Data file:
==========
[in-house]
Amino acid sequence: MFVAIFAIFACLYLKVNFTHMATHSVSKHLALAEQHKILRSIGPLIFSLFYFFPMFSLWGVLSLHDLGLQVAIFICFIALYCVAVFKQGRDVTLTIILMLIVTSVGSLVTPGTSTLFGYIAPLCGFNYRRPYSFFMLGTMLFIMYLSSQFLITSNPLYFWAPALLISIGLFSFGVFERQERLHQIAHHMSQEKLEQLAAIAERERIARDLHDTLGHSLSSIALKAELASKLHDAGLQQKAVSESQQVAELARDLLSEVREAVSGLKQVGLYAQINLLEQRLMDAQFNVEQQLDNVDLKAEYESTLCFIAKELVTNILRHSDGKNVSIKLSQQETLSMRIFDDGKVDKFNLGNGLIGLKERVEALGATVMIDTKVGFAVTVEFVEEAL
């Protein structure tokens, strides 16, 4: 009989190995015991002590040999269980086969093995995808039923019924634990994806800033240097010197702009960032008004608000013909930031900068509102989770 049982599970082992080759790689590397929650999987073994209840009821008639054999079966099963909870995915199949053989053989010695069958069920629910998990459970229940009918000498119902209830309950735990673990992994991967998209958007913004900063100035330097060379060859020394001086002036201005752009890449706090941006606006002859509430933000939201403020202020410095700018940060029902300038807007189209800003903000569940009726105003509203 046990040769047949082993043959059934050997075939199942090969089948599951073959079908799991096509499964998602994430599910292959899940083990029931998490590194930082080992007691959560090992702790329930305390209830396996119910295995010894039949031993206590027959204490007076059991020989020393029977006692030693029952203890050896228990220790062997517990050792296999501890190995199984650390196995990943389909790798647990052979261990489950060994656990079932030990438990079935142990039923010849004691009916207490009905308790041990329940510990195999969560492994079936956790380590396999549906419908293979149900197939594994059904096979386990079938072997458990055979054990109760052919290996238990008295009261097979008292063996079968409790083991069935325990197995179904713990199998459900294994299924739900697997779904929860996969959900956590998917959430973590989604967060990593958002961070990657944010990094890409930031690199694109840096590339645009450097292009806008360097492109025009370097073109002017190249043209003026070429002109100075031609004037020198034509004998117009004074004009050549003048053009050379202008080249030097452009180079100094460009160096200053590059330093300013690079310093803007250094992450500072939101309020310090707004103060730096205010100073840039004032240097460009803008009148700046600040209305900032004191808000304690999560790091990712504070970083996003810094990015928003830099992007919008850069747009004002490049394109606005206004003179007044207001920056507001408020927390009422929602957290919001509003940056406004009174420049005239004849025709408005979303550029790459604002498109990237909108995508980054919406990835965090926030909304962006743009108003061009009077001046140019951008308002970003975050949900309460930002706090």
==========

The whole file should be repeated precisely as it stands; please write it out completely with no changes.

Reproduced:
[in-house]
Amino acid sequence: MFVAIFAIFACLYLKVNFTHMATHSVSKHLALAEQHKILRSIGPLIFSLFYFFPMFSLWGVLSLHDLGLQVAIFICFIALYCVAVFKQGRDVTLTIILMLIVTSVGSLVTPGTSTLFGYIAPLCGFNYRRPYSFFMLGTMLFIMYLSSQFLITSNPLYFWAPALLISIGLFSFGVFERQERLHQIAHHMSQEKLEQLAAIAERERIARDLHDTLGHSLSSIALKAELASKLHDAGLQQKAVSESQQVAELARDLLSEVREAVSGLKQVGLYAQINLLEQRLMDAQFNVEQQLDNVDLKAEYESTLCFIAKELVTNILRHSDGKNVSIKLSQQETLSMRIFDDGKVDKFNLGNGLIGLKERVEALGATVMIDTKVGFAVTVEFVEEAL
């Protein structure tokens, strides 16, 4: 009989190995015991002590040999269980086969093995995808039923019924634990994806800033240097010197702009960032008004608000013909930031900068509102989770 049982599970082992080759790689590397929650999987073994209840009821008639054999079966099963909870995915199949053989053989010695069958069920629910998990459970229940009918000498119902209830309950735990673990992994991967998209958007913004900063100035330097060379060859020394001086002036201005752009890449706090941006606006002859509430933000939201403020202020410095700018940060029902300038807007189209800003903000569940009726105003509203 046990040769047949082993043959059934050997075939199942090969089948599951073959079908799991096509499964998602994430599910292959899940083990029931998490590194930082080992007691959560090992702790329930305390209830396996119910295995010894039949031993206590027959204490007076059991020989020393029977006692030693029952203890050896228990220790062997517990050792296999501890190995199984650390196995990943389909790798647990052979261990489950060994656990079932030990438990079935142990039923010849004691009916207490009905308790041990329940510990195999969560492994079936956790380590396999549906419908293979149900197939594994059904096979386990079938072997458990055979054990109760052919290996238990008295009261097979008292063996079968409790083991069935325990197995179904713990199998459900294994299924739900697997779904929860996969959900956590998917959430973590989604967060990593958002961070990657944010990094890409930031690199694109840096590339645009450097292009806008360097492109025009370097073109002017190249043209003026070429002109100075031609004037020198034509004998117009004074004009050549003048053009050379202008080249030097452009180079100094460009160096200053590059330093300013690079310093803007250094992450500072939101309020310090707004103060730096205010100073840039004032240097460009803008009148700046600040209305900032004191808000304690999560790091990712504070970083996003810094990015928003830099992007919008850069747009004002490049394109606005206004003179007044207001920056507001408020927390009422929602957290919001509003940056406004009174420049005239004849025709408005979303550029790459604002498109990237909108995508980054919406990835965090926030909304962006743009108003061009009077001046140019951008308002970003975050949900309460930002706090």